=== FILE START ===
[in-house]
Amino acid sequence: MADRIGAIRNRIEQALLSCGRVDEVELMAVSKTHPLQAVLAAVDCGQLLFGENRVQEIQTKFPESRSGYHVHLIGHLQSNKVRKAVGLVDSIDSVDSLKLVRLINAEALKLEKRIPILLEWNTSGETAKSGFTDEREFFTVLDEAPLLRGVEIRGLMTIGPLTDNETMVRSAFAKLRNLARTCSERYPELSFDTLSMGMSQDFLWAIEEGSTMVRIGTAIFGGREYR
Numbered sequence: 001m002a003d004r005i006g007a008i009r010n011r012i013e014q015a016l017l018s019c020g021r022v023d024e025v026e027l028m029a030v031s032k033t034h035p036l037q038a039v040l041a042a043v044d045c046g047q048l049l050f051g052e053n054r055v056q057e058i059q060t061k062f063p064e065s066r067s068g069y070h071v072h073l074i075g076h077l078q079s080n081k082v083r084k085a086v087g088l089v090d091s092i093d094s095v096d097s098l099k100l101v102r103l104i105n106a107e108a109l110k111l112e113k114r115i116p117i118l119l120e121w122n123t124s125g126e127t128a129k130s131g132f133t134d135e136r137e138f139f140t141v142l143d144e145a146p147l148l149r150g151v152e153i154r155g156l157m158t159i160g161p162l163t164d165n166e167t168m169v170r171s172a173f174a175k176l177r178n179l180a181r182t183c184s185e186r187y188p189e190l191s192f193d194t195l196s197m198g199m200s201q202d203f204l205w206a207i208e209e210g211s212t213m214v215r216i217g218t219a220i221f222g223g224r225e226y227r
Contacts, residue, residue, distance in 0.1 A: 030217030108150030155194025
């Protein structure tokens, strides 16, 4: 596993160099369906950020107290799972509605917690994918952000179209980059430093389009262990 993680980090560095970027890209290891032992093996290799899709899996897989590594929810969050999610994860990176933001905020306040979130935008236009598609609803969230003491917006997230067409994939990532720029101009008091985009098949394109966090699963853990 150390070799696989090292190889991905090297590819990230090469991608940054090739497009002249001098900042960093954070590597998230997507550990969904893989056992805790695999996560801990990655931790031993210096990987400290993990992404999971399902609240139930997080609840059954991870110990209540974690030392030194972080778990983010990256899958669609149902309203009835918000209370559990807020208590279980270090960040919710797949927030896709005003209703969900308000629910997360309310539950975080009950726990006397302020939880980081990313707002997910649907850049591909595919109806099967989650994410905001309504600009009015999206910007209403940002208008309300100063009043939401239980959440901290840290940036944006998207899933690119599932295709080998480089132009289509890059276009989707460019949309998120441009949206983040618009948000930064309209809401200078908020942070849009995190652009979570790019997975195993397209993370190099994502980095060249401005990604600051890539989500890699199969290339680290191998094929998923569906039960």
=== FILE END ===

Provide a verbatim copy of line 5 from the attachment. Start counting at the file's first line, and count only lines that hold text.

């Protein structure tokens, strides 16, 4: 596993160099369906950020107290799972509605917690994918952000179209980059430093389009262990 993680980090560095970027890209290891032992093996290799899709899996897989590594929810969050999610994860990176933001905020306040979130935008236009598609609803969230003491917006997230067409994939990532720029101009008091985009098949394109966090699963853990 150390070799696989090292190889991905090297590819990230090469991608940054090739497009002249001098900042960093954070590597998230997507550990969904893989056992805790695999996560801990990655931790031993210096990987400290993990992404999971399902609240139930997080609840059954991870110990209540974690030392030194972080778990983010990256899958669609149902309203009835918000209370559990807020208590279980270090960040919710797949927030896709005003209703969900308000629910997360309310539950975080009950726990006397302020939880980081990313707002997910649907850049591909595919109806099967989650994410905001309504600009009015999206910007209403940002208008309300100063009043939401239980959440901290840290940036944006998207899933690119599932295709080998480089132009289509890059276009989707460019949309998120441009949206983040618009948000930064309209809401200078908020942070849009995190652009979570790019997975195993397209993370190099994502980095060249401005990604600051890539989500890699199969290339680290191998094929998923569906039960």